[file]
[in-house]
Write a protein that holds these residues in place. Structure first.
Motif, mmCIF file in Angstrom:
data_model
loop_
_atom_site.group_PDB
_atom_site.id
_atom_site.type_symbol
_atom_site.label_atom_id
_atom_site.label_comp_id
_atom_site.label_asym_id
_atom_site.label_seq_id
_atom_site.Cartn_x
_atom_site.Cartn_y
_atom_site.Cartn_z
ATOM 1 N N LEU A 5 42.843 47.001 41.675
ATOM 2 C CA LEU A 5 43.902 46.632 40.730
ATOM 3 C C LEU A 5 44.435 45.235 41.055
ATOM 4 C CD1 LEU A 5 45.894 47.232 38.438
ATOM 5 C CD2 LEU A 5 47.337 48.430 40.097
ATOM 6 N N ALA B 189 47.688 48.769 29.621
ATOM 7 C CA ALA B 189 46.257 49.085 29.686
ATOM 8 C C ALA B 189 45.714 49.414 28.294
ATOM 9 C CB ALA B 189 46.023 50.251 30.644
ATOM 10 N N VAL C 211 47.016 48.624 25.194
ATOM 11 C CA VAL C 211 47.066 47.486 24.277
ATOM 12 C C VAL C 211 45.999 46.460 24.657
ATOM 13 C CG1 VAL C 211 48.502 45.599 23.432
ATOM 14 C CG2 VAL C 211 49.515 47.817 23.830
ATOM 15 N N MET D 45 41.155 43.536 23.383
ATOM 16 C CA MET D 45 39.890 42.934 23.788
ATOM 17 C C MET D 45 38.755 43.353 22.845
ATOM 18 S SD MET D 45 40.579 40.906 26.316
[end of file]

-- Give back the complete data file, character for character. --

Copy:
[in-house]
Write a protein that holds these residues in place. Structure first.
Motif, mmCIF file in Angstrom:
data_model
loop_
_atom_site.group_PDB
_atom_site.id
_atom_site.type_symbol
_atom_site.label_atom_id
_atom_site.label_comp_id
_atom_site.label_asym_id
_atom_site.label_seq_id
_atom_site.Cartn_x
_atom_site.Cartn_y
_atom_site.Cartn_z
ATOM 1 N N LEU A 5 42.843 47.001 41.675
ATOM 2 C CA LEU A 5 43.902 46.632 40.730
ATOM 3 C C LEU A 5 44.435 45.235 41.055
ATOM 4 C CD1 LEU A 5 45.894 47.232 38.438
ATOM 5 C CD2 LEU A 5 47.337 48.430 40.097
ATOM 6 N N ALA B 189 47.688 48.769 29.621
ATOM 7 C CA ALA B 189 46.257 49.085 29.686
ATOM 8 C C ALA B 189 45.714 49.414 28.294
ATOM 9 C CB ALA B 189 46.023 50.251 30.644
ATOM 10 N N VAL C 211 47.016 48.624 25.194
ATOM 11 C CA VAL C 211 47.066 47.486 24.277
ATOM 12 C C VAL C 211 45.999 46.460 24.657
ATOM 13 C CG1 VAL C 211 48.502 45.599 23.432
ATOM 14 C CG2 VAL C 211 49.515 47.817 23.830
ATOM 15 N N MET D 45 41.155 43.536 23.383
ATOM 16 C CA MET D 45 39.890 42.934 23.788
ATOM 17 C C MET D 45 38.755 43.353 22.845
ATOM 18 S SD MET D 45 40.579 40.906 26.316